If you’re a user of TextExpander on the Mac or iOS, you should be well-acquainted with the idea of typing a brief shortcut to get a large mass of text. For everyone else, iOS 5 now offers something similar, baked right into the OS and ready for use in any application. To get started, simply open the Settings app, tap on General, then scroll down and tap on Keyboard. At the bottom of that page you’ll see a section labeled “Shortcuts”, with the built in “omw” for “On my way!” shortcut listed, and an option to add new shortcuts. Tap this option and make as many as you’d like—just remember to use letter combinations that aren’t all that common. Once you’re finished, you can use the shortcuts in any app, anywhere you can type—the completed phrase will appear just like a spelling suggestion, meaning it takes only a tap of the space bar to complete, and can therefore save a lot of time and frustration.
Back in the early days of Apple’s media players—more specifically the iPod—choosing which capacity to buy was easy: if you had enough stuff to fill the smaller one, get the biggest one, and if not, perhaps the smaller one would do. In fact, that advice worked pretty well all the way up to the fifth-generation iPod, which added video—and therefore some very large new files—to the mix. Now, with everything from books, magazines, photos, videos, and apps taking up space alongside your music, choosing the right capacity is more confusing than ever—but we’re here to help.
Whether you’re planning to purchase a new iOS device or are simply chomping at the bit to install the latest version on your current device, there are some simple steps you should take to ensure that the transition goes smoothly. You’ll want to connect your device to your Mac or PC and do a complete backup and sync, making sure that you’ve got a copy of all your content, apps, and settings on your computer. You might also want to make sure you’ve written down or otherwise stored away any app-specific passwords you need, and if you’re thinking about signing up for iTunes Match, making a complete second copy of your music library couldn’t hurt, just on the off chance things go awry and iTunes decides that you don’t need those silly music files anymore.
Ever get a funny text you’d like to share with more friends, or a potentially distasteful message that you’d rather not have hanging out on your device? Messages will let you handle either situation quickly and easily. Simply navigate to the conversation where the message you want to share/delete is located, then tap the Edit button. You’ll see selection circles appear to the left of each message, letting you pick and choose which ones to send to your friends or send to the digital dump. The same Edit interface also provides you with a Clear All button in the upper left corner, in case you want to get rid of an entire conversation thread instead of just a message or two.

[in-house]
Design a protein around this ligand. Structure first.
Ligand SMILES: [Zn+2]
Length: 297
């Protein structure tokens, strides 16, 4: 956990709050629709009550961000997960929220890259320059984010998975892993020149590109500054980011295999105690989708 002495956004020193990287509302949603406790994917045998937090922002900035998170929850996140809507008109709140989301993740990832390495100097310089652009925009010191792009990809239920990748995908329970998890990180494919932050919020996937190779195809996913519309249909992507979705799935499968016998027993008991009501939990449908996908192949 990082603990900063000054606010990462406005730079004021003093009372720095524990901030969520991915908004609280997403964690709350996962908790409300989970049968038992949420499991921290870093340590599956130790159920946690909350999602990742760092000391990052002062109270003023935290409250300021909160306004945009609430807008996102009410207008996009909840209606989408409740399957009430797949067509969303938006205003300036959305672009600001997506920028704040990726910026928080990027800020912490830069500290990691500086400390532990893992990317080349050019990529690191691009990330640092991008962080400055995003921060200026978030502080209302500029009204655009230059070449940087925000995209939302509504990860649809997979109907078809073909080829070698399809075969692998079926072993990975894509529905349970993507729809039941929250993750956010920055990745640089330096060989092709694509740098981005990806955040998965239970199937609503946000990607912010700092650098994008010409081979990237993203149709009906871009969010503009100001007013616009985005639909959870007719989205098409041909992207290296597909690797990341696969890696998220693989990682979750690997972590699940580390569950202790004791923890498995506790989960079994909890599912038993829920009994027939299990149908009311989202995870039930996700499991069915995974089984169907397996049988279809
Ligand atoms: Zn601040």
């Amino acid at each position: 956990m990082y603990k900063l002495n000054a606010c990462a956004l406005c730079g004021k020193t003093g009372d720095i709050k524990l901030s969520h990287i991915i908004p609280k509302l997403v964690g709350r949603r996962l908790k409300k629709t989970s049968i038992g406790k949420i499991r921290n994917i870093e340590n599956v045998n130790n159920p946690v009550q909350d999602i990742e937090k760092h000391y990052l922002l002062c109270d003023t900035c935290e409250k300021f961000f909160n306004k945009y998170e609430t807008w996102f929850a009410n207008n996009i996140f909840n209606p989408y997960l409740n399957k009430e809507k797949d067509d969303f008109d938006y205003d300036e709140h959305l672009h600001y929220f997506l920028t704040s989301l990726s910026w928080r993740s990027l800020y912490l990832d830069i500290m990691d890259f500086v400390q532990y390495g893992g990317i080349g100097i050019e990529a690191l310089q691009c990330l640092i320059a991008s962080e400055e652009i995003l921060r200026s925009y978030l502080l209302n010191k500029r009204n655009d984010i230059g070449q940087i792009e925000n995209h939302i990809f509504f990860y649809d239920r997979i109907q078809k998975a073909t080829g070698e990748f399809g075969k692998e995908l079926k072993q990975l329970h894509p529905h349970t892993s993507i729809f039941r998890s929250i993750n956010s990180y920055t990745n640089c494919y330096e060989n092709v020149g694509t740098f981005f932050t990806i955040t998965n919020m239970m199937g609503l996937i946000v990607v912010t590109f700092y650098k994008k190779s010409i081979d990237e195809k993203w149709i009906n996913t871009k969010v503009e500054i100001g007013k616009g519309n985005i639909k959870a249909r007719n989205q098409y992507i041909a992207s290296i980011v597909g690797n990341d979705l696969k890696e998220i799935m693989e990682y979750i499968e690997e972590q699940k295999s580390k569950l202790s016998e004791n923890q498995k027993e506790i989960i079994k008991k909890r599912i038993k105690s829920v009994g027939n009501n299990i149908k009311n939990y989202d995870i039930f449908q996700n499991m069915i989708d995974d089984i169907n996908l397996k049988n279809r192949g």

Built-in Spotlight search is one of the more powerful—yet widely overlooked—features of iOS. Sometimes, though, it can be a little too powerful—odds are you don’t really want to be search for Voice Memos at the same time you’re searching for an app that’s buried in a folder somewhere. That’s where today’s tip comes in. By opening the Settings app, tapping on General, and then tapping on Spotlight Search, you’ll be given a full list of everything Spotlight can search, with check marks beside everything it will search. Simply go through and tap on the stuff you don’t want it searching—Voice Memos, for example—to ensure that it’s unchecked, and use the “handles” on the right-hand side to change the order in which the results appear—by moving Applications to the top, for instance. In no time you’ll have a device-wide search that’s as tailored to your needs as the stuff you’re searching for.
If you’re anything like us, odds are you’re constantly using the “open in new tab” functionality of your desktop browser—but did you know you can do the same on your iOS device? In Safari, simply tap and hold on any link you’d like to open elsewhere, and tap the “Open in New Page” button on the slide-up that appears. Just be careful not to get too crazy, as you can only have so many open at once.
iOS typically does a pretty good job of handling multiple app downloads—but did you know that you can help the process along by picking a choosing which apps to download first? Simply tap on any downloading app to switch its status from “Waiting” or “Loading” to “Paused.” When you’re ready for its download to start, simply tap it again to add it back to the download queue. Now you never have to let a 100MB+ game download get in the way of a simple Facebook update again.
As our iOS devices become more and more powerful, they also end up holding more and more of our information — making it an even bigger pain to move from one to another. Thankfully, there’s a super simple way to make sure your newest device has all the info from your old one. As long as you’ve backed up prior your device to iTunes and your new device is running the same or later version of iOS, you simply plug in your new iPhone, iPod touch, or iPad into your main computer, select your prior device’s backup, and hit restore from backup—after it’s done syncing, you should have all the same preferences, settings, apps, and media as you had on your old device without needing to do a thing. For more information on migrating between iOS devices, see our August 26 Ask iLounge article.